Today we went to Masaka District Council to present our budget for the coming year. Unfortunately we'd been given the wrong date, it happened yesterday! However, the meeting had seen our paper and agreed wholeheartedly to recruit three new Trainers for our vacant workshops. They also appreciated our argument that we are still getting the same grant as we had in 2000 when, to keep in line with prices, it should be doubled. Ah, but, there is no money! Hey ho. In the last 6 months we've only received grant for 3 months so we're owed a lot. We took advantage of being at the office to see the Chief Finance Officer who agreed an immediate release of one month's funding. My role in this is just to be there as most people here are in awe of the mzungu....
Our next steps are to recruit students for the next academic year and for this we need a vehicle. We visit each of the 23 sub-counties in Masaka, following up referrals from councilors and others. We meet potential students in their homes so we have an opportunity to talk to their parents/guardians about what we do at MVRC. We can also verify that the student is genuine! But, the MVRC pick-up is 10 years old and it shows. Lack of funds means that servicing and repairs have been skipped and it hasn't started without a push/roll for months. When the engine started juddering we decided we really had to have it serviced and repaired before driving to all 23 sub-counties in Masaka. As I write it's still in the garage ....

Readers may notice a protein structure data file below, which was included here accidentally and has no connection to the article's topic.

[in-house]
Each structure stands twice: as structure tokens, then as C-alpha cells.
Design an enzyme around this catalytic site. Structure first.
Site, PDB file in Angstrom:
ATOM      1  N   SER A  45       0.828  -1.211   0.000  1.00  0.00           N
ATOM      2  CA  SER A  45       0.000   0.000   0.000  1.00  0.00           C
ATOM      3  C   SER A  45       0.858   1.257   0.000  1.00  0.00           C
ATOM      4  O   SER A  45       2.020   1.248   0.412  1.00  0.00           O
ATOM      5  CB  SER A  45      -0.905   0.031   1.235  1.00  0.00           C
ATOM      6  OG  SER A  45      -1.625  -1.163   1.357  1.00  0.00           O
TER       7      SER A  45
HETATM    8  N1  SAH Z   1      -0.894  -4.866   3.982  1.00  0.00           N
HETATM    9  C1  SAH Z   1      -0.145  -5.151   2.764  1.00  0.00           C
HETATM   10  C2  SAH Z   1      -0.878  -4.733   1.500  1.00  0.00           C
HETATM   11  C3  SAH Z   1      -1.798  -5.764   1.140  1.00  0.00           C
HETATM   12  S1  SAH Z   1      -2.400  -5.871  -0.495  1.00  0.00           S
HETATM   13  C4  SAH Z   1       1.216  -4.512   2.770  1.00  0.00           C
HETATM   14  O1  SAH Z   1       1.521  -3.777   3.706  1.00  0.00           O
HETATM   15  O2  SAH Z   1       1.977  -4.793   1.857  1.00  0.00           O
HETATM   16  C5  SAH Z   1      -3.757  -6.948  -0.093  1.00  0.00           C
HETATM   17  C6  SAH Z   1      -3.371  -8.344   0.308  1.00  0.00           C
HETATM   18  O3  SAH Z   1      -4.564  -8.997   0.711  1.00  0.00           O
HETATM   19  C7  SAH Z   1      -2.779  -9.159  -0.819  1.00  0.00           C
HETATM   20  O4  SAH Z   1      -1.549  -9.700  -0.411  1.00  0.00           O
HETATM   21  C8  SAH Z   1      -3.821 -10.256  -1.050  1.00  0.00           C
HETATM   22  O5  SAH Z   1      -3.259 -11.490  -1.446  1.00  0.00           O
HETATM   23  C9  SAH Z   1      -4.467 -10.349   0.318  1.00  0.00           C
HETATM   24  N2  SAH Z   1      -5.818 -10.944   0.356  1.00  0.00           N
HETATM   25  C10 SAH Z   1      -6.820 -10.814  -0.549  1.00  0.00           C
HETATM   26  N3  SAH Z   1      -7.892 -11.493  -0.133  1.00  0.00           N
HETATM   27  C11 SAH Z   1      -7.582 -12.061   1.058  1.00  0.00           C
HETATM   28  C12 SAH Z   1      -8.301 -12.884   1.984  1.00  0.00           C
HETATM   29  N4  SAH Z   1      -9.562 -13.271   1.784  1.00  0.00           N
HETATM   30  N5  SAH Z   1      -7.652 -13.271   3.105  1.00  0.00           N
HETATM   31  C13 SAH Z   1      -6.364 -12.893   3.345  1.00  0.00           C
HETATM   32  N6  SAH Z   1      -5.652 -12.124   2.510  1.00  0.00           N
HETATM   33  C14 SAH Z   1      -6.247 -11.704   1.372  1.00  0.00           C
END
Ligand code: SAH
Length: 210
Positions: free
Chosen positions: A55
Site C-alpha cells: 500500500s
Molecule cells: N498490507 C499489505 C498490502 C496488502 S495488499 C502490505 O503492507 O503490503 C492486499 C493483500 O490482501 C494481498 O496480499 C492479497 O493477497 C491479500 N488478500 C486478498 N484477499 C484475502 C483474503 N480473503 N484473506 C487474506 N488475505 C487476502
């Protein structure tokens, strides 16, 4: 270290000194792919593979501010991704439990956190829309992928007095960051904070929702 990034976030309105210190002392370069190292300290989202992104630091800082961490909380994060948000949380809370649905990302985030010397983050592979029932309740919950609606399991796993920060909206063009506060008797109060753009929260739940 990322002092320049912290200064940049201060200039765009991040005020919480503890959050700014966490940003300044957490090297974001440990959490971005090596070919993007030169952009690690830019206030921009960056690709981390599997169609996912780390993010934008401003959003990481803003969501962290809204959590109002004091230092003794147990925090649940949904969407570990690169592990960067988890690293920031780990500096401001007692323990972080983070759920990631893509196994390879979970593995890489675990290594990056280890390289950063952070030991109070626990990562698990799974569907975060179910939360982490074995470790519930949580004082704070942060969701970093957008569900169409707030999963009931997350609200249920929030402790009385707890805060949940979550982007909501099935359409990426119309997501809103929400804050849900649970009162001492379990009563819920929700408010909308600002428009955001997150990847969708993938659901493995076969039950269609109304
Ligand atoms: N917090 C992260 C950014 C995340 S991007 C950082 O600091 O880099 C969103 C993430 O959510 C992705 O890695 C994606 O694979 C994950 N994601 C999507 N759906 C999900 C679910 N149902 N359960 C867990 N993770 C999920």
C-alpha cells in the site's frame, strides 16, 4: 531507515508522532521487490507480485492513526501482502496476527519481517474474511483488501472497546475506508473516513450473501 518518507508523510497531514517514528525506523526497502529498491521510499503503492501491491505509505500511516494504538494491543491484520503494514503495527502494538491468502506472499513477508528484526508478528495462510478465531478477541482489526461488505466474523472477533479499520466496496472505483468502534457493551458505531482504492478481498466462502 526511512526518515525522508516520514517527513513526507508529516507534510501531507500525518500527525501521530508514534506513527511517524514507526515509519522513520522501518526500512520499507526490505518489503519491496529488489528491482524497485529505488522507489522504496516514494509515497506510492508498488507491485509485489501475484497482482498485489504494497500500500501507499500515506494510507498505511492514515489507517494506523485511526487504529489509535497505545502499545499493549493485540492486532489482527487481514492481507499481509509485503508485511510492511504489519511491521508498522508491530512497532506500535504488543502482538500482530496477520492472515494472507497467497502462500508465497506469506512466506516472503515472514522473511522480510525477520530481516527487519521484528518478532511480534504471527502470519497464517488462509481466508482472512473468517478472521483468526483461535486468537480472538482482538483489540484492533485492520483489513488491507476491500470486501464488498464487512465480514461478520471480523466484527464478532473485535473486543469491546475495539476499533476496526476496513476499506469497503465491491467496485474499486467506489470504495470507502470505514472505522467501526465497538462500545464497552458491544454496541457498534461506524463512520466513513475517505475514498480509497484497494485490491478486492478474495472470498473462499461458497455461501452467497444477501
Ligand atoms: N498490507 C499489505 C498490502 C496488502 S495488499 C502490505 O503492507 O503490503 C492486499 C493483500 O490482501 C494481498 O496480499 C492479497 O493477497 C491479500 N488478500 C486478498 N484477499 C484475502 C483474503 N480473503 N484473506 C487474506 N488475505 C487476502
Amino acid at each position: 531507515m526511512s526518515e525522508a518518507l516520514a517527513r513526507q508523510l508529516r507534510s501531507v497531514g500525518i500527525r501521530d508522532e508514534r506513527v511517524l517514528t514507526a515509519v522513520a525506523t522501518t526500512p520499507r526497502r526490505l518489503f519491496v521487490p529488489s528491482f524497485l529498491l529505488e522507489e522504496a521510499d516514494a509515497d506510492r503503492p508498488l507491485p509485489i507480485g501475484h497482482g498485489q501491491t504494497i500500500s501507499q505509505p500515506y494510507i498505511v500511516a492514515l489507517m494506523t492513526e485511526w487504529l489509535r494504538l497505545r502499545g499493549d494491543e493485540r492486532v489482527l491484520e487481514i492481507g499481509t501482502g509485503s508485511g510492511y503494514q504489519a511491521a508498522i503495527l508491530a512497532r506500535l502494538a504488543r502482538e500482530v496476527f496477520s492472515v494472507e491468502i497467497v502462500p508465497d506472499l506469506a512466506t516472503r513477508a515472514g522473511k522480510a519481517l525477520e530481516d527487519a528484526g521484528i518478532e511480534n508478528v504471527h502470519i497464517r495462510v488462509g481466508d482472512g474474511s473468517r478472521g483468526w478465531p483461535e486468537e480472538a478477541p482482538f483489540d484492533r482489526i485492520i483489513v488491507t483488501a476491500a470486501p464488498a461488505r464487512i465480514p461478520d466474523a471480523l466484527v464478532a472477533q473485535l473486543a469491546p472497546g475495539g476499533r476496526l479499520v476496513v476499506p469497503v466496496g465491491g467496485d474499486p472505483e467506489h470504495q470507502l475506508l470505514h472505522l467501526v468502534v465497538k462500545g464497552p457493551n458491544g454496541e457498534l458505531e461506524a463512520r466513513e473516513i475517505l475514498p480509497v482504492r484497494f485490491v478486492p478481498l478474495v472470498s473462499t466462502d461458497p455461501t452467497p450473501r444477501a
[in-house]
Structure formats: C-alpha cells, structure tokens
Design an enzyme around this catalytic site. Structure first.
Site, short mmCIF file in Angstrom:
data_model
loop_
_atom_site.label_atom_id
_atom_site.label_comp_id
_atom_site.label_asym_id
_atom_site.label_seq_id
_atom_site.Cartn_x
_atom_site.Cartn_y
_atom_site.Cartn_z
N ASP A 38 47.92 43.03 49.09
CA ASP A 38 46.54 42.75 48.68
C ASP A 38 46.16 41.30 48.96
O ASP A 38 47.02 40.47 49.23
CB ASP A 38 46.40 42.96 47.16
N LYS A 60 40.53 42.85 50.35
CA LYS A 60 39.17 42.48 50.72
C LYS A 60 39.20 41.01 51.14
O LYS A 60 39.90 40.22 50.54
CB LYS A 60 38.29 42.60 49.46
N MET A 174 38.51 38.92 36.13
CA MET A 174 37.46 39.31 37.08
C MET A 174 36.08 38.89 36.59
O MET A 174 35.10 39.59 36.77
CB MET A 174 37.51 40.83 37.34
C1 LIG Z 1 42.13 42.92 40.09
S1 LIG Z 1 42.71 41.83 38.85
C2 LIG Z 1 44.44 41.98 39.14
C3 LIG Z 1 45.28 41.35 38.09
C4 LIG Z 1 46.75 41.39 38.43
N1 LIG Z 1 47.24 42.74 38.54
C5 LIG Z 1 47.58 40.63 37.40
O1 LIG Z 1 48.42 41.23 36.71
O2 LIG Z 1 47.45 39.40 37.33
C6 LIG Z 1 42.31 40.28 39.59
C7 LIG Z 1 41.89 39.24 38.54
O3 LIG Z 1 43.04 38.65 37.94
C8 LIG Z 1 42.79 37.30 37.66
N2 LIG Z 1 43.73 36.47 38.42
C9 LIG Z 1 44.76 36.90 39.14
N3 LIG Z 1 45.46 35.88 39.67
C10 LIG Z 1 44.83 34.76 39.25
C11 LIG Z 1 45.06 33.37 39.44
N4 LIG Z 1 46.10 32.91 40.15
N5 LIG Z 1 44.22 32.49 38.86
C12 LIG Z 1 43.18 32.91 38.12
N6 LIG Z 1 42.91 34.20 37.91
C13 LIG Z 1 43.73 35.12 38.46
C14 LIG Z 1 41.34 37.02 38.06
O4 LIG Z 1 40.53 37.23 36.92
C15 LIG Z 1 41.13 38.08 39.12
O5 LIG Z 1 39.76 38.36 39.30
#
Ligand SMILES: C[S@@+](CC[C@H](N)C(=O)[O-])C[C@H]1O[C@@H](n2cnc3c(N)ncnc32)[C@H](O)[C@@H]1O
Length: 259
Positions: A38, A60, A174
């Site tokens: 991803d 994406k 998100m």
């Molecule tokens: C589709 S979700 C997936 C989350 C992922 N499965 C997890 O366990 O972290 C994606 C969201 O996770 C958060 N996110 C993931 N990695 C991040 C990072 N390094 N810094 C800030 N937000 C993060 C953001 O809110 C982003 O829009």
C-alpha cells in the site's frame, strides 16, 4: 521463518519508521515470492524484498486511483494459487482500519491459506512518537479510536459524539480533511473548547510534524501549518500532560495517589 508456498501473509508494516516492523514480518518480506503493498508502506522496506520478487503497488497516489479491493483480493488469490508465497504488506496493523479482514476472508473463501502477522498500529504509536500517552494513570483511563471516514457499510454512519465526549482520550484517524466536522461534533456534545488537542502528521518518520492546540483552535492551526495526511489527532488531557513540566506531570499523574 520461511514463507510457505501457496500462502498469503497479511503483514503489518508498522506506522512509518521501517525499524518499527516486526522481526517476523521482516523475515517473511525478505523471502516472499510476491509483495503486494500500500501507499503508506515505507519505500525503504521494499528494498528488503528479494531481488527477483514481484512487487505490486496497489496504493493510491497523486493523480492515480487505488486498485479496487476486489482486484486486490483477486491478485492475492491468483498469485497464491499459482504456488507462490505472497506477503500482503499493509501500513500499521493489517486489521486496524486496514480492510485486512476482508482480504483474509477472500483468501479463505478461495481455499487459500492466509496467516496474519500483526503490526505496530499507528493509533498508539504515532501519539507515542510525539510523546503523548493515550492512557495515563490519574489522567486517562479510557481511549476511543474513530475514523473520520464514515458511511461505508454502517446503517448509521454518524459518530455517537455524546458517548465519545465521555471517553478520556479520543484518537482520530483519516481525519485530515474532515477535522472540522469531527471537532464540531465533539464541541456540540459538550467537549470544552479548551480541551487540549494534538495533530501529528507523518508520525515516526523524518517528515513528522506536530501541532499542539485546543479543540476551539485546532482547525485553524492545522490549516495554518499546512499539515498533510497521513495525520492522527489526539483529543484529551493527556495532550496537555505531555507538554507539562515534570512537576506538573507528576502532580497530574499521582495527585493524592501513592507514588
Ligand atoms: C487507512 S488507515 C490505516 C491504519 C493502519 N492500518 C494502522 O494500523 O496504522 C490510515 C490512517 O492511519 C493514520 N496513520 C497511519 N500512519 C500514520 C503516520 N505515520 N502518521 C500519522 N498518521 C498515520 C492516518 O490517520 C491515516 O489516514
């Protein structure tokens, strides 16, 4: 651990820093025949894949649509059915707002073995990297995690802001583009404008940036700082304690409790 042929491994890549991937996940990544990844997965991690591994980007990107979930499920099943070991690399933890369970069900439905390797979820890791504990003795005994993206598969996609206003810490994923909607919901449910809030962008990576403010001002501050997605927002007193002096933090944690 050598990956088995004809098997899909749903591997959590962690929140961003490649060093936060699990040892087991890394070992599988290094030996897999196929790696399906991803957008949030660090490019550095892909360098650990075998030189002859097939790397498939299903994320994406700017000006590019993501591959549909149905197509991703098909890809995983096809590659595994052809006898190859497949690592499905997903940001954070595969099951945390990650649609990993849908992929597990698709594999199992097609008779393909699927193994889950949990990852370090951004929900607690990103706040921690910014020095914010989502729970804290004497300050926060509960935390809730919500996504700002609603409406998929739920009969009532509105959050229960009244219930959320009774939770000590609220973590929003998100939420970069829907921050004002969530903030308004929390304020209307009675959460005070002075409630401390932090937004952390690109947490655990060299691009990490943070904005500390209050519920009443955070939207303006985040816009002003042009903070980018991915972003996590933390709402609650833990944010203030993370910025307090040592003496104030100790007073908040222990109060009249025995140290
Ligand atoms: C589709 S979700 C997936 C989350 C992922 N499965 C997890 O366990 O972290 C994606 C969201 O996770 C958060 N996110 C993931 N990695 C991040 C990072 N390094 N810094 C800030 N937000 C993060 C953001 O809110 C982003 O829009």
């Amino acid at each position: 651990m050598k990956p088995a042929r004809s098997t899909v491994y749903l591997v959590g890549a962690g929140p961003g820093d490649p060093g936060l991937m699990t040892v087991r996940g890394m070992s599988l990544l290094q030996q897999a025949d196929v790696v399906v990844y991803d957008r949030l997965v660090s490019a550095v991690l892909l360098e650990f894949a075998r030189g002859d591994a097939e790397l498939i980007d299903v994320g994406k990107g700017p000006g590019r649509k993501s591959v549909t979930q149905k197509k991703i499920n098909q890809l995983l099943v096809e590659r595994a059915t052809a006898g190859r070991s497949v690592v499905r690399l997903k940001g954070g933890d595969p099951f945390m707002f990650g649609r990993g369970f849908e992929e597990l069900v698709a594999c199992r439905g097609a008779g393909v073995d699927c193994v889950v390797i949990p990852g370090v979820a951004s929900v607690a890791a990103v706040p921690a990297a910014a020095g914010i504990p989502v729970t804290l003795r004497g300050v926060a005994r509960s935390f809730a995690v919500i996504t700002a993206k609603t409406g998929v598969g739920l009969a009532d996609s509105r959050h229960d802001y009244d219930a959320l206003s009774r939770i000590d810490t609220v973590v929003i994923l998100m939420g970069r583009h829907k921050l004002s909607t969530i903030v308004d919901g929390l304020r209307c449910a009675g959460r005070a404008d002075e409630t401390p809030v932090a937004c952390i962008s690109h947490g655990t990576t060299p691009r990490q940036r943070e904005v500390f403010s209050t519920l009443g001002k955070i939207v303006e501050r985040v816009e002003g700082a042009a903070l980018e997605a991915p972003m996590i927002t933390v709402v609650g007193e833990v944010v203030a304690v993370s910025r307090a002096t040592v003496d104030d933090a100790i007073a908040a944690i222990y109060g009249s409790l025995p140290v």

MVRC business plan is moving slowly. Our refurbished reception area looks good and publicity was distributed widely but we don't have any bookings yet. By the way, we printed the fabric for the chair covers (and made them) and designed and made the reception desk - hope you're impressed. We've also made scarves for school students, T-shirts for an NGO and are currently printing fabric for another NGO. This is a good start but we need much, much more.